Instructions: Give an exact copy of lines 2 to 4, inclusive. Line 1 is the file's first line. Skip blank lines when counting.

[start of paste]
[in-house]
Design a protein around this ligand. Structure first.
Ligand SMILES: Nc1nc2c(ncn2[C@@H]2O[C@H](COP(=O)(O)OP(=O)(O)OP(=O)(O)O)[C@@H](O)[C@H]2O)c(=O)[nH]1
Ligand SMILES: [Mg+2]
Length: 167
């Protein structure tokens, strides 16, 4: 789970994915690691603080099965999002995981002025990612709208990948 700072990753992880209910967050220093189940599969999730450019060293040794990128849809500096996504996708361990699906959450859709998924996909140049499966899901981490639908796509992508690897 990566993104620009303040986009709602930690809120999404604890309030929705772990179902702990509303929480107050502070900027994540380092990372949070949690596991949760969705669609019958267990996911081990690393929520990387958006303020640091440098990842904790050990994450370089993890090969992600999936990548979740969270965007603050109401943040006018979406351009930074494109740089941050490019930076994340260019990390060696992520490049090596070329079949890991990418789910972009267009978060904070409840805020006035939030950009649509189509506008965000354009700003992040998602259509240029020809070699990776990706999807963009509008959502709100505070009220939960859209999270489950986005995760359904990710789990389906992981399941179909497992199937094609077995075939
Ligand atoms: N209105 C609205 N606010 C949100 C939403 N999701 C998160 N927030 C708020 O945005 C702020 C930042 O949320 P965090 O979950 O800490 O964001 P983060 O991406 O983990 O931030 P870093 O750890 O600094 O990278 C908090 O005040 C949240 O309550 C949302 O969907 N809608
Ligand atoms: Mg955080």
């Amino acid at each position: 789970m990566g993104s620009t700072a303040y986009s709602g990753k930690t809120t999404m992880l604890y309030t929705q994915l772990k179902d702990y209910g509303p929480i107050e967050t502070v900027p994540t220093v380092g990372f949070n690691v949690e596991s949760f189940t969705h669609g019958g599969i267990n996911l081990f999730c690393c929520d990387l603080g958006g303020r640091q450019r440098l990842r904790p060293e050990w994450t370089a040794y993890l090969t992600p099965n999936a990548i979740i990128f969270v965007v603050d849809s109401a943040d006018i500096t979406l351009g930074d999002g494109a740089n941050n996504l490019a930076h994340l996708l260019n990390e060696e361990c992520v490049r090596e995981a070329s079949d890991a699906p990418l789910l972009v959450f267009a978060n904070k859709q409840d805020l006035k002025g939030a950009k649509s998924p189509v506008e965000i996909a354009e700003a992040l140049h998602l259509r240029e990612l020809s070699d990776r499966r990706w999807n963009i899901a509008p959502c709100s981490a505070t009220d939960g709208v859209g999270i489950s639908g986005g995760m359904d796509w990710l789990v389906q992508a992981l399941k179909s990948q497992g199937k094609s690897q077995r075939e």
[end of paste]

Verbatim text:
Design a protein around this ligand. Structure first.
Ligand SMILES: Nc1nc2c(ncn2[C@@H]2O[C@H](COP(=O)(O)OP(=O)(O)OP(=O)(O)O)[C@@H](O)[C@H]2O)c(=O)[nH]1
Ligand SMILES: [Mg+2]